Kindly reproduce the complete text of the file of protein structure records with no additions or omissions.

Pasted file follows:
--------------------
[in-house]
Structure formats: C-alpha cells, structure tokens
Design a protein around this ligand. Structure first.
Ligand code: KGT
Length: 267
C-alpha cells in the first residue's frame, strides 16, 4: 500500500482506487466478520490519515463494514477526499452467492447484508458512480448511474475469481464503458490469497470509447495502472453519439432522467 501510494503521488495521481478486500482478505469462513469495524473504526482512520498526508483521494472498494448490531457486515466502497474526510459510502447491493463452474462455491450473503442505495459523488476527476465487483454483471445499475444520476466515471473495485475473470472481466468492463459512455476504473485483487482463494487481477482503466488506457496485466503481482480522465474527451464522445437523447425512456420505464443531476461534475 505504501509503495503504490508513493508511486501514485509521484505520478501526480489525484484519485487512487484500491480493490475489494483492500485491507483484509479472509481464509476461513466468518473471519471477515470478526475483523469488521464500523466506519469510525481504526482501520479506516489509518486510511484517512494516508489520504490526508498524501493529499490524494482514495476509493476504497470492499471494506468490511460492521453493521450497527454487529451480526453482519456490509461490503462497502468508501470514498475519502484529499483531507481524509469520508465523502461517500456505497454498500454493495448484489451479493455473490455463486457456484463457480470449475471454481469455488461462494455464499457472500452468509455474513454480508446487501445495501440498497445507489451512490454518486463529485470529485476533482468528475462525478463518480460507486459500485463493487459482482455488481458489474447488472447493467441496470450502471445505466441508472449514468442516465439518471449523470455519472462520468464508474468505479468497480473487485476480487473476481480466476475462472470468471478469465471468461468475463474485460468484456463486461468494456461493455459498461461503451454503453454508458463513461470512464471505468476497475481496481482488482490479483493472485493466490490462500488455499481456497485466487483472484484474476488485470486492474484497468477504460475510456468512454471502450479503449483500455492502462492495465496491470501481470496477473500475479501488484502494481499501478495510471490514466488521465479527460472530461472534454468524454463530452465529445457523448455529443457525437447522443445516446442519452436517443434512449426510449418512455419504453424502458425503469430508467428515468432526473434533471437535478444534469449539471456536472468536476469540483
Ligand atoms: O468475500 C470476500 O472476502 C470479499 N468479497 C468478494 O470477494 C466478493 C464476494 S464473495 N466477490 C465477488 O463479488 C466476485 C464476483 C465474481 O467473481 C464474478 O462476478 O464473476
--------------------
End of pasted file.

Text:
[in-house]
Structure formats: C-alpha cells, structure tokens
Design a protein around this ligand. Structure first.
Ligand code: KGT
Length: 267
C-alpha cells in the first residue's frame, strides 16, 4: 500500500482506487466478520490519515463494514477526499452467492447484508458512480448511474475469481464503458490469497470509447495502472453519439432522467 501510494503521488495521481478486500482478505469462513469495524473504526482512520498526508483521494472498494448490531457486515466502497474526510459510502447491493463452474462455491450473503442505495459523488476527476465487483454483471445499475444520476466515471473495485475473470472481466468492463459512455476504473485483487482463494487481477482503466488506457496485466503481482480522465474527451464522445437523447425512456420505464443531476461534475 505504501509503495503504490508513493508511486501514485509521484505520478501526480489525484484519485487512487484500491480493490475489494483492500485491507483484509479472509481464509476461513466468518473471519471477515470478526475483523469488521464500523466506519469510525481504526482501520479506516489509518486510511484517512494516508489520504490526508498524501493529499490524494482514495476509493476504497470492499471494506468490511460492521453493521450497527454487529451480526453482519456490509461490503462497502468508501470514498475519502484529499483531507481524509469520508465523502461517500456505497454498500454493495448484489451479493455473490455463486457456484463457480470449475471454481469455488461462494455464499457472500452468509455474513454480508446487501445495501440498497445507489451512490454518486463529485470529485476533482468528475462525478463518480460507486459500485463493487459482482455488481458489474447488472447493467441496470450502471445505466441508472449514468442516465439518471449523470455519472462520468464508474468505479468497480473487485476480487473476481480466476475462472470468471478469465471468461468475463474485460468484456463486461468494456461493455459498461461503451454503453454508458463513461470512464471505468476497475481496481482488482490479483493472485493466490490462500488455499481456497485466487483472484484474476488485470486492474484497468477504460475510456468512454471502450479503449483500455492502462492495465496491470501481470496477473500475479501488484502494481499501478495510471490514466488521465479527460472530461472534454468524454463530452465529445457523448455529443457525437447522443445516446442519452436517443434512449426510449418512455419504453424502458425503469430508467428515468432526473434533471437535478444534469449539471456536472468536476469540483
Ligand atoms: O468475500 C470476500 O472476502 C470479499 N468479497 C468478494 O470477494 C466478493 C464476494 S464473495 N466477490 C465477488 O463479488 C466476485 C464476483 C465474481 O467473481 C464474478 O462476478 O464473476